Artist Statement

Being immersed in an environment changes everything.  My drawings originate from, and are profoundly influenced by, the physical spaces I inhabit during their making.  I use materials - ink, charcoal, graphite, watercolor, wax - that can be layered and manipulated, with each mark echoing the surfaces and forms I have seen or touched.  My drawings are structures on paper that seek to capture the history and physicality of the built forms I encounter, while evoking living, natural, systems.  In and out of the studio, I am driven to explore the relationships between the bodily activity of drawing and our interpretation of organic systems and phenomena.  Currently, I combine visual elements from the natural and built environments, with close attention to biology, geology, and architecture.

I believe that the act of drawing is a way of residing in multiple states of awareness – of present, past, future – of what one is, has been, and hopes to become – of the physical, the mental, and the formal.  I draw as a way to see more deeply, both inside and out, and to elevate the act of seeing to a process that is fully engaging of both body and mind.  In the gesture of a drawing, there abides the question of how human beings hold memory.  I care about how the body holds its history, and how that history can be performed through the act of making embodied signs.   As my practice bridges the concerns of traditional markmaking, new media, and the visual cultures of science, I seek to discover ways in which drawing operates as a site of trans-disciplinary inquiry. 


Excerpt from “Marking Time, Figuring Space: Gesture and the Embodied Moment” published in the journal of visual culture, December 2008
Drawing is a site that holds the potential to gesture in common. Perhaps, as Novalis suggested: ‘Poetic art is nothing but a willful, active, and productive use of our organs’ (Agamben, 1999: 78). In this sense, I believe the gesture can carry the will, action, and a state of aesthetic productivity from artist to audience and from individual to community, through bodies moving, making, and responding in engaged sensory participation. Noland (2008) seems correct when she suggests that ‘gestures migrate’ and ‘undergo appropriations and enjoy afterlives that change their initial function’ (p. x), as the gesture of a drawing transmutes through body to surface and back to body, skin to skin, meaning to meaning. Personal memory reconstitutes to a shared public experience, moving outward to vitalize a network of interpretive and generative actions.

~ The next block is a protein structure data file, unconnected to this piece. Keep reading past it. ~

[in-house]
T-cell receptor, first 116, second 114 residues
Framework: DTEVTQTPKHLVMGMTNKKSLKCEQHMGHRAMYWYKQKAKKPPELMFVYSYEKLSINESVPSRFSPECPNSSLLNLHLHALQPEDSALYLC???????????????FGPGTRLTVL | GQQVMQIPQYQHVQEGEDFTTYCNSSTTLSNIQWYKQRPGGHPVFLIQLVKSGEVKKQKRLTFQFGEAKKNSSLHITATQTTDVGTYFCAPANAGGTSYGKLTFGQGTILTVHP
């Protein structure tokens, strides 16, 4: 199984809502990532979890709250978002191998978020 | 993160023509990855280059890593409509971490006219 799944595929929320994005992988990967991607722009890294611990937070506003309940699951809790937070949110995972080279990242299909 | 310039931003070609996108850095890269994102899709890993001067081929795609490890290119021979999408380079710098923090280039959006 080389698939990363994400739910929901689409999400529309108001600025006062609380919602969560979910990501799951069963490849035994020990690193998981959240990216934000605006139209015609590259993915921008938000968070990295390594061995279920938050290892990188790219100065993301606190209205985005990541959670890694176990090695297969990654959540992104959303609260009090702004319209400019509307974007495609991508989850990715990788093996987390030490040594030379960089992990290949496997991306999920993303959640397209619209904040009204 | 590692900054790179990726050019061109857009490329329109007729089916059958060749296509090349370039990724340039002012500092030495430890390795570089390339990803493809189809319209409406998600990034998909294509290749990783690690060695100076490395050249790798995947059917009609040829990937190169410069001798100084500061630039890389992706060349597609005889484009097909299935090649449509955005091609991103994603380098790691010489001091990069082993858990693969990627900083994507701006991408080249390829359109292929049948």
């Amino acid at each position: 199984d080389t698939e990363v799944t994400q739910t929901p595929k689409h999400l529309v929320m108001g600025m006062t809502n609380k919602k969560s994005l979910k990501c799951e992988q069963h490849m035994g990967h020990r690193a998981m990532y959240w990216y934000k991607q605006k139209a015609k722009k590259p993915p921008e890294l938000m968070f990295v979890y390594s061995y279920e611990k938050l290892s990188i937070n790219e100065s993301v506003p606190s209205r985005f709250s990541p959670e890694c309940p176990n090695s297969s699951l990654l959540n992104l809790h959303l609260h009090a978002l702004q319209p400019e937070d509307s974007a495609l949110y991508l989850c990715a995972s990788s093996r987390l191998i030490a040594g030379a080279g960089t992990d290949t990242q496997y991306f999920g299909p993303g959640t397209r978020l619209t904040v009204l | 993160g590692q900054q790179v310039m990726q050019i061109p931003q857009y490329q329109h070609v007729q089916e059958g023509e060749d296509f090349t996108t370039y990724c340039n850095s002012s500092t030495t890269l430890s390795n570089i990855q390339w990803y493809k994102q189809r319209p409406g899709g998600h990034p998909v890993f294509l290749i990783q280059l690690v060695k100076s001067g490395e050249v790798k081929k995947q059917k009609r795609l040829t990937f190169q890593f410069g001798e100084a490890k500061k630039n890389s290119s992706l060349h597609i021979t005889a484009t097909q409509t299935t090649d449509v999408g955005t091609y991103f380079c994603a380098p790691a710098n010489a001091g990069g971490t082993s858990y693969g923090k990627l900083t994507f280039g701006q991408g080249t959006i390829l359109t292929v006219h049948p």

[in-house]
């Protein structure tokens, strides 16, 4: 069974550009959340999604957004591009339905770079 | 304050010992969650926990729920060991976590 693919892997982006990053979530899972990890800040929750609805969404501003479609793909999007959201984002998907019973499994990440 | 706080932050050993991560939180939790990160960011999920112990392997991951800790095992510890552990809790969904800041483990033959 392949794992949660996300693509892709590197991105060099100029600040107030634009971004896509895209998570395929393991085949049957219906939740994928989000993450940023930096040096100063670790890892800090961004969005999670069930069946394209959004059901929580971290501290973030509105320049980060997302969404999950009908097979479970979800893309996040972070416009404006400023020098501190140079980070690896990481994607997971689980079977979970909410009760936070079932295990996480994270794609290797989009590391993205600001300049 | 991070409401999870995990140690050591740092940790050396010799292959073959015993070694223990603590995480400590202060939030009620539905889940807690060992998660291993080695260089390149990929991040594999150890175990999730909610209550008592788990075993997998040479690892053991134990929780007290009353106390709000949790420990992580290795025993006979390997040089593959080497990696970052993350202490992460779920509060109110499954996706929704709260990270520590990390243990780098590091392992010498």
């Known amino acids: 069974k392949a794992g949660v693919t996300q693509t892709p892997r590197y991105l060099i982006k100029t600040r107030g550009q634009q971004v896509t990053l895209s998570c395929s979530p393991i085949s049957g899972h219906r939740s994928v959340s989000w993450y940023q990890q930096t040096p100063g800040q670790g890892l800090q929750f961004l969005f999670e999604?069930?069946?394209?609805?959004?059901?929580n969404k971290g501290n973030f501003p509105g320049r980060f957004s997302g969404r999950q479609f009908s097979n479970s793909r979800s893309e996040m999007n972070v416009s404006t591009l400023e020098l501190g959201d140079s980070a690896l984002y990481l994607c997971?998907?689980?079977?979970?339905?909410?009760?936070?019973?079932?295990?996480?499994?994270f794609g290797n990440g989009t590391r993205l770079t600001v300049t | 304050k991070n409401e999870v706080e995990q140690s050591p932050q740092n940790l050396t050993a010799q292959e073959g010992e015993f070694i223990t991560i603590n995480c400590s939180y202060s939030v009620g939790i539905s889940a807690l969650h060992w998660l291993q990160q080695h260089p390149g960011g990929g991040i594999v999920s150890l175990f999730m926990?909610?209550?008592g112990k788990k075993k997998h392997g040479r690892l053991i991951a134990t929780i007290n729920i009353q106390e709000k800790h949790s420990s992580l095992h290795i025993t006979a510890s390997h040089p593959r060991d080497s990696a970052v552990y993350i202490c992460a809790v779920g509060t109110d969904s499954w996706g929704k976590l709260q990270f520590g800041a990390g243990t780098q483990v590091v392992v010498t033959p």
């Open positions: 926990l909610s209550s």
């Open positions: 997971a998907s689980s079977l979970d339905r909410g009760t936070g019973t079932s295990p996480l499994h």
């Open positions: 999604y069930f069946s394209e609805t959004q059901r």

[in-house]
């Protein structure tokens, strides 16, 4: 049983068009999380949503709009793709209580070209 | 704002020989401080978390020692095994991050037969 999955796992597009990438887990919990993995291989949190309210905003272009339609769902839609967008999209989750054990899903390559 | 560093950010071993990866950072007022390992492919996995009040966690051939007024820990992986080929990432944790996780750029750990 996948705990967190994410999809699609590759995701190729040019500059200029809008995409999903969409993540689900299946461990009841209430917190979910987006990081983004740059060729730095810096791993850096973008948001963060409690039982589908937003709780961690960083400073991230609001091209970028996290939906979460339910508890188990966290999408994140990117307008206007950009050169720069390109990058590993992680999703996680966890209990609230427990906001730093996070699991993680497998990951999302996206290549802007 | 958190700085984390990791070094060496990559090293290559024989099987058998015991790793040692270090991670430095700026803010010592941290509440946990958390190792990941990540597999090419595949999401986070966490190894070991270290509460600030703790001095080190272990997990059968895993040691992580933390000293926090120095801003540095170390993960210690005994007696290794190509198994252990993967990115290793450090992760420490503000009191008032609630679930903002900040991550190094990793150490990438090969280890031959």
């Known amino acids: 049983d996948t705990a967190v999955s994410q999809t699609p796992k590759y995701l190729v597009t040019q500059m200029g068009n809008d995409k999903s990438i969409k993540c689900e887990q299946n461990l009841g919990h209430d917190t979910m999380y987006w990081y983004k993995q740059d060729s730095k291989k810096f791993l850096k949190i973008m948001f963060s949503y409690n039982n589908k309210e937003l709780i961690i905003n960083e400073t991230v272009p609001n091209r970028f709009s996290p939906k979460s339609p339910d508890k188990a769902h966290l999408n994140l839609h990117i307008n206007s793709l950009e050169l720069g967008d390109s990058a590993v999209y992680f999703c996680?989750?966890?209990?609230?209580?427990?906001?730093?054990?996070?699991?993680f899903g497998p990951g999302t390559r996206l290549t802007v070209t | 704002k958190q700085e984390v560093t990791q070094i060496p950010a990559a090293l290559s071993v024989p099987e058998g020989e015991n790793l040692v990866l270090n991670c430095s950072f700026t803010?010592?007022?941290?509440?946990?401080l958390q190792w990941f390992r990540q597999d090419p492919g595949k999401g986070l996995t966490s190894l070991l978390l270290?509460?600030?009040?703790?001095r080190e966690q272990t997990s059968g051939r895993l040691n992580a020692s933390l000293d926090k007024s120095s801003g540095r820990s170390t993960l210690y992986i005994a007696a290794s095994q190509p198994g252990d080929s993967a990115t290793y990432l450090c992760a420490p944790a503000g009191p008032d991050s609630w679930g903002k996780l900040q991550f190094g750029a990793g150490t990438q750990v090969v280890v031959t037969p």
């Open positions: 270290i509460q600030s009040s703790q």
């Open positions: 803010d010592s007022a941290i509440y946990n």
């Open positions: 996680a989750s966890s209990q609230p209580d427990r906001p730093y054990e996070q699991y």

As a drawn gesture points to a moment in time and a movement in space, so too may it generate openings for engagement, exchange, and invention. How do we leave our mark on drawings, or systems, that ask for our participation? When called to lay hands upon a surface and make a mark, where do we locate our satisfaction? Is it in the simple bodily act of touching? Is it in the hope that our mark communicates something about the condition of our being? Is it in curious anticipation of what marks may follow? These questions have at their core an appeal to the relational, a challenge to open the visual image with an animating somatic force and embrace the risks entailed in that encounter. As manifest in the making, showing, and interpreting of drawing, the embodying gesture holds both the past that expires in a deed and the possibility for new life, memory and potential in, and on, a shared skin.
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